Supersonic combustion using catalytic wire at constant temprature in a cold supersonic flow field was investigated in a square duct with a backward-facing step. The free stream Mach number was Mm=1.18. Hydrogen was injected transversely behind a backward-facing step into a cold air free-stream. The heat released from the catalytic combustion had no effect on the temperature of the catalyst. This indicates that the reaction rate of the catalytic combustion observed in this study was determined by the concentration of H2 and / or O2 on the surface of the catalyst. The spatial distribution of heat released from the catalytic combustion in supersonic turbulent mixing layer, corresponds to the spatial distribution of concentration of H2 and / or O2 in local, was obtained. It was found that the most suitable position for supersonic combustion was at the outer edge of the mixing layer.
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  • Hiroshi ENOMOTO, Hideki KATO, Mitsuhiro TSUE, Michikata KONO
    1999 Volume 42 Issue 1 Pages 71-77
    Published: February 15, 1999
    Released: February 18, 2008
    JOURNALS FREE ACCESS
    An numerical simulation of hydrogen-oxygen reaction over platinum catalytic surface was carried out and the effect of surface diffusion velocity on catalytic reaction was studied. In this simulation, no convection is assumed to simplify the analysis. The numerical model is as follows;A spherical platinum of 0.75mm in radius is surrounded with the mixture. Three based partial differential equations, which govern mass, energy and species concentrations, are stated in one-dimensional polar coordinates. Axial simmetry, zero azimuthal velocity, and no gradient along the axise ar assumed. Because of low Mach numbers, constant pressure is assumed, and therefore, momentum equation is not used. The Langmuir-Hinshelwood mechanism was used for the catalytic reaction model. The adsorbed species are H, O, OH and H2O and 3 elementary surface reactions are used. As the results, a steady state is observed. The surface temperatures at the steady state do not depend on surface diffusion velocities but on adsorption rates and desorption rates. The catalytic ignition temperatures increase as H(s) surface diffusion velocity decrease. They are independent on surface diffusion velocities of O(s) and OH(s).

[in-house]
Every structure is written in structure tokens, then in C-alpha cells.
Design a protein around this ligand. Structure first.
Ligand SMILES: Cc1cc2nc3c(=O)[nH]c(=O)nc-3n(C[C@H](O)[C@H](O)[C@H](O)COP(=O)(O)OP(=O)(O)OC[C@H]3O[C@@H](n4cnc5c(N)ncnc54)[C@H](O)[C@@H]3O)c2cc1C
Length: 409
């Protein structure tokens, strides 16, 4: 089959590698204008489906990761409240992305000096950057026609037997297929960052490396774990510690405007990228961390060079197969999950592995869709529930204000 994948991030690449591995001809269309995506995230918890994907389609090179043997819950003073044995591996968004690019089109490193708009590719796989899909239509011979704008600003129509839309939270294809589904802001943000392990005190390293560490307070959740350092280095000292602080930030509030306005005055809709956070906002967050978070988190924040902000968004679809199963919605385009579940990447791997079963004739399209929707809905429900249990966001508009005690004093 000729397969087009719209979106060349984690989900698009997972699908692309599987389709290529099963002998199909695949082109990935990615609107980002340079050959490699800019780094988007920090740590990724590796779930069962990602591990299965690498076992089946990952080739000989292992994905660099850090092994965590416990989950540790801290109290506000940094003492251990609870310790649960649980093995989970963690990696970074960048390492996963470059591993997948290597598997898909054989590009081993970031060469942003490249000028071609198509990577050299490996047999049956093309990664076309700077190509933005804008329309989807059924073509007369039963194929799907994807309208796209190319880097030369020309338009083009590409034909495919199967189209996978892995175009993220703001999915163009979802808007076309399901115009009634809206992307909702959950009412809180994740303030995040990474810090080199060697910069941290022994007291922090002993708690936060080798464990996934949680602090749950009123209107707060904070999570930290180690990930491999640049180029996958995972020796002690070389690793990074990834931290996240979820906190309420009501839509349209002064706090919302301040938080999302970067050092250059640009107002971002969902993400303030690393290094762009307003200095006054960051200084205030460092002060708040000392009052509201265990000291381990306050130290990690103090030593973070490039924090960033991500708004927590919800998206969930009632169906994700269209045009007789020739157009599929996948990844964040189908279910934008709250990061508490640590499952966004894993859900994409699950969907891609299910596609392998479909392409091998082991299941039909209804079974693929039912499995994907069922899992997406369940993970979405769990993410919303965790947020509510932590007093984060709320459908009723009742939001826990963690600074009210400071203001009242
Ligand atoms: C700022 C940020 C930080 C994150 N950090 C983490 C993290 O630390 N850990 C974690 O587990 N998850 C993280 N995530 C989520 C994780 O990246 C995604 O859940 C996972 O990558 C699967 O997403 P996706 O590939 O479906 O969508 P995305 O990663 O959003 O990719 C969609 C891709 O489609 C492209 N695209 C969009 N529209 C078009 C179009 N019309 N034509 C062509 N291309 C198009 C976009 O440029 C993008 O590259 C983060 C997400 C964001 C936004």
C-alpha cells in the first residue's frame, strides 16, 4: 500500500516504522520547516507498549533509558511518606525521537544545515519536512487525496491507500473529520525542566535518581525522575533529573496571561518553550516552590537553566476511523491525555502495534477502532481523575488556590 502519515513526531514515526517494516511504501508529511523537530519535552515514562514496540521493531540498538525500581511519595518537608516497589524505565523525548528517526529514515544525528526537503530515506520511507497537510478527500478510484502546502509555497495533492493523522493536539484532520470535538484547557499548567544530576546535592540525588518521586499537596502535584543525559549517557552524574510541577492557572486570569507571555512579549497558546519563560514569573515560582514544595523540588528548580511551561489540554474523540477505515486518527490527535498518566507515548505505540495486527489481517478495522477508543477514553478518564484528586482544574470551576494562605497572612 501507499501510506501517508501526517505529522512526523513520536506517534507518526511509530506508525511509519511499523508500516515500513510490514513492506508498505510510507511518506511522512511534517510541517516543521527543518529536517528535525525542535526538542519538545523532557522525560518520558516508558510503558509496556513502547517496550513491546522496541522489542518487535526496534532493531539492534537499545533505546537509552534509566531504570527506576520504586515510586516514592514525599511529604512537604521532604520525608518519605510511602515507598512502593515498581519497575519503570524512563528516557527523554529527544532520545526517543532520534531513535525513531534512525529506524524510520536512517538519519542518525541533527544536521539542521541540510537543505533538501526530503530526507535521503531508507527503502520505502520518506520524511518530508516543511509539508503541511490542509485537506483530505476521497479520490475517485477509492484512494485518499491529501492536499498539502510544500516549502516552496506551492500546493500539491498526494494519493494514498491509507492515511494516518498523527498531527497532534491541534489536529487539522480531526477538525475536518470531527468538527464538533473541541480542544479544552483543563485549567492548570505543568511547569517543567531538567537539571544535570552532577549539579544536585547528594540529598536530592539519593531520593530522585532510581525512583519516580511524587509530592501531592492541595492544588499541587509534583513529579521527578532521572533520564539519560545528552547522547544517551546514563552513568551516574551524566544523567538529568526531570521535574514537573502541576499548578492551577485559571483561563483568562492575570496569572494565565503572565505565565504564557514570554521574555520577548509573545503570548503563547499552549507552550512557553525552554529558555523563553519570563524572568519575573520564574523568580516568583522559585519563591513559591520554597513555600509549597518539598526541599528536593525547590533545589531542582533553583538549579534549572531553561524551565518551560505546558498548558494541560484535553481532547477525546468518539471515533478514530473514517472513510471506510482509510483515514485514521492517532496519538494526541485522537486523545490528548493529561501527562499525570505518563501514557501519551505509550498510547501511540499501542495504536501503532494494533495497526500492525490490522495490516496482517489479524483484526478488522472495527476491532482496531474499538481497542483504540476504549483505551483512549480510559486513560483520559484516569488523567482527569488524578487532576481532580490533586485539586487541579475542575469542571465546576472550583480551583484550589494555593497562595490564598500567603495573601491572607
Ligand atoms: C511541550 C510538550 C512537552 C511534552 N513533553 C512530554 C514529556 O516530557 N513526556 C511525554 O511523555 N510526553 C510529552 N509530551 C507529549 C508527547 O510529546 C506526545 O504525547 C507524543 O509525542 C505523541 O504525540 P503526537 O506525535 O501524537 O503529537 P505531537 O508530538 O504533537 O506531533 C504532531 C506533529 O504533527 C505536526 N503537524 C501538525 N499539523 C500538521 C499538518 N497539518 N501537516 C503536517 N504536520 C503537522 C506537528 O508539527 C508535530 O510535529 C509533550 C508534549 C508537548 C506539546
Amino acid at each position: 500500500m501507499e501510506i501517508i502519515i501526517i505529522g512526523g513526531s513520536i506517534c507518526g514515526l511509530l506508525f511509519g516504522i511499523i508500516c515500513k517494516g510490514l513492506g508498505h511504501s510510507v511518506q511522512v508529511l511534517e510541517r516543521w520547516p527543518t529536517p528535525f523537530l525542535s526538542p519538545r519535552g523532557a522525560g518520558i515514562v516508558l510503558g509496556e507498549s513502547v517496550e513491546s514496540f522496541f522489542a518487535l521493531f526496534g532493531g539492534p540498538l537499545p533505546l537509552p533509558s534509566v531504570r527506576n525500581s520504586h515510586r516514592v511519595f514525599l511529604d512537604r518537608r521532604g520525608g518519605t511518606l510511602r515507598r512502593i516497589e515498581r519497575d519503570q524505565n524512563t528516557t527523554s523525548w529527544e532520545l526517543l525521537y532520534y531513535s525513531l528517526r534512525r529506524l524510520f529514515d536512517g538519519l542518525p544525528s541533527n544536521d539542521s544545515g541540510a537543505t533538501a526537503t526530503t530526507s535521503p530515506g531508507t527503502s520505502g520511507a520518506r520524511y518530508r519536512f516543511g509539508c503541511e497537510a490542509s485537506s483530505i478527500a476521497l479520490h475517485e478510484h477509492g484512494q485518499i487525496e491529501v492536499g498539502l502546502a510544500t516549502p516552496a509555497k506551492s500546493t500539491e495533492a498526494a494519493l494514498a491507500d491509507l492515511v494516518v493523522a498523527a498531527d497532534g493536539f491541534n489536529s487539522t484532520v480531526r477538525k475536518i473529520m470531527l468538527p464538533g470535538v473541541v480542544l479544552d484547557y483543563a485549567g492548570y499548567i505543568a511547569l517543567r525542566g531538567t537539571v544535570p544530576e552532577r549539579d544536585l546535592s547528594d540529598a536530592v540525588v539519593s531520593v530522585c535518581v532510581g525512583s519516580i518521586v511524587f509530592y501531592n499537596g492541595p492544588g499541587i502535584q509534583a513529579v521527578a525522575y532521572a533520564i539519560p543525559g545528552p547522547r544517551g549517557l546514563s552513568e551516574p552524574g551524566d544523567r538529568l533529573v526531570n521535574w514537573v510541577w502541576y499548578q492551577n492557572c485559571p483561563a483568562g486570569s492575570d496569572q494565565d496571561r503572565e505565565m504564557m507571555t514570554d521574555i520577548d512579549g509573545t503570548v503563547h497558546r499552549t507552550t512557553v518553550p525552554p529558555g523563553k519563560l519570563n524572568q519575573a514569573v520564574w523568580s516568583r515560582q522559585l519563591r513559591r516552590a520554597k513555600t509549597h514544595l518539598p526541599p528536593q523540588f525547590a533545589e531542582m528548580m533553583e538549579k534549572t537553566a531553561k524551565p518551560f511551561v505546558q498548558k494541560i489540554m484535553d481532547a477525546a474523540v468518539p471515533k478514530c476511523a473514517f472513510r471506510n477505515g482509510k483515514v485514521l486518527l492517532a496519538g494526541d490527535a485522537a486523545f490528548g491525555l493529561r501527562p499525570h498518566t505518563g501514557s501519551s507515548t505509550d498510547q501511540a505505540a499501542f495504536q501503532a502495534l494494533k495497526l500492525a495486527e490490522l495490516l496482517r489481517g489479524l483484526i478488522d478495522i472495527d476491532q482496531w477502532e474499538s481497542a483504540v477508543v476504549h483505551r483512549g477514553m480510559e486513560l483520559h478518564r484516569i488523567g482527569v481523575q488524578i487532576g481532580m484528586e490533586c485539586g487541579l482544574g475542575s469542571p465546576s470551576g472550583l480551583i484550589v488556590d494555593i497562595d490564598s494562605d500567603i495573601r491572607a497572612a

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  • A.S. KHEIREDDINE, S.K. CHATURVEDI, T.O. MOHIELDIN
    1999 Volume 42 Issue 1 Pages 78-90
    Published: February 15, 1999
    Released: February 18, 2008
    JOURNALS FREE ACCESS
    This work summarizes numerical results for a diffusion flame formed from a cylindrical tube fuel injector, issuing a gaseous methane jet vertically in a quiescent atmosphere. The primary objective is to predict the flame base height and other flame characteristics as a function of the fuel jet velocity. A finite volume scheme is used to discretize the time-averaged Navier-Stokes equations for the reacting flow resulting from the turbulent fuel jet motion. The turbulent stresses, and heat and mass fluxes are computed from a Reynolds stress turbulence model. A chemical kinetics model involving two-step chemistry is employed for the oxidation of methane. The reaction rate is determined from a procedure which computes at each point the minimum(process limiting)rate from an Arrhenius(kinetically controlled) expression and the eddy dissipation(turbulent mixing controlled)model. The Reynolds stress model(RSM), in conjunction with the two-step kinetics and the eddy dissipation model, produces flame base height and other flame characteristics that are in good agreement with experimental results. Numerical results are also in agreement with the hypothesis of Van Quickenbourn and van Tiggelen concerning the stabilization mechanism of lifted diffusion flames. The present results show the existence of the condition of tangency, as postulated by Van Quickenbourn and Van Tiggelen, between the jet axial velocity and the flame velocity profiles at the flame base. Furthermore, the burnout rate calculations indicate a high degree of premixing of air and fuel upstream of flame base for moderate to high fuel jet velocity cases.
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  • Yoshinobu KOTANI, Jin ITOH, Akira YOSHIDA
    1999 Volume 42 Issue 1 Pages 91-99
    Published: February 15, 1999
    Released: February 18, 2008
    JOURNALS FREE ACCESS
    In this study, a new ceramic-opposed jet burner was designed to ensure the adiabaticity of the flame. In the opposed-jet-turbulent premixed flame, the concentrations of various stable species as well as the mean flame temperature distributions and structures have been investigated. In the present burner, turbulent premixed flame can persist far beyond the stretch rate at which the wrinkled laminar flame is usually extinguished. The results show that the flame structure consists of the stretched stringy vortices involving variou sreacting species(e.g., C3H8, hydrocarbons, O2)which are referred to as the distributed reaction zones, and that the flames are divided into two categories:(1)transition flame from a wrinkled laminar flame to a distributed reaction zone, and(2)a fully developed distributed reaction zone. The structure of the distributed reaction zone depends mainly on the mixture jet velocity and is independent of the equivalence ratios. The stretched stringy vortice of the distributed reaction zone eradicates the nonuniformity of temperature and concentration fields. The hydrocarbon species as well as fuel are completely consumed in the distributed reaction zone, and almost complete combustion is achieved.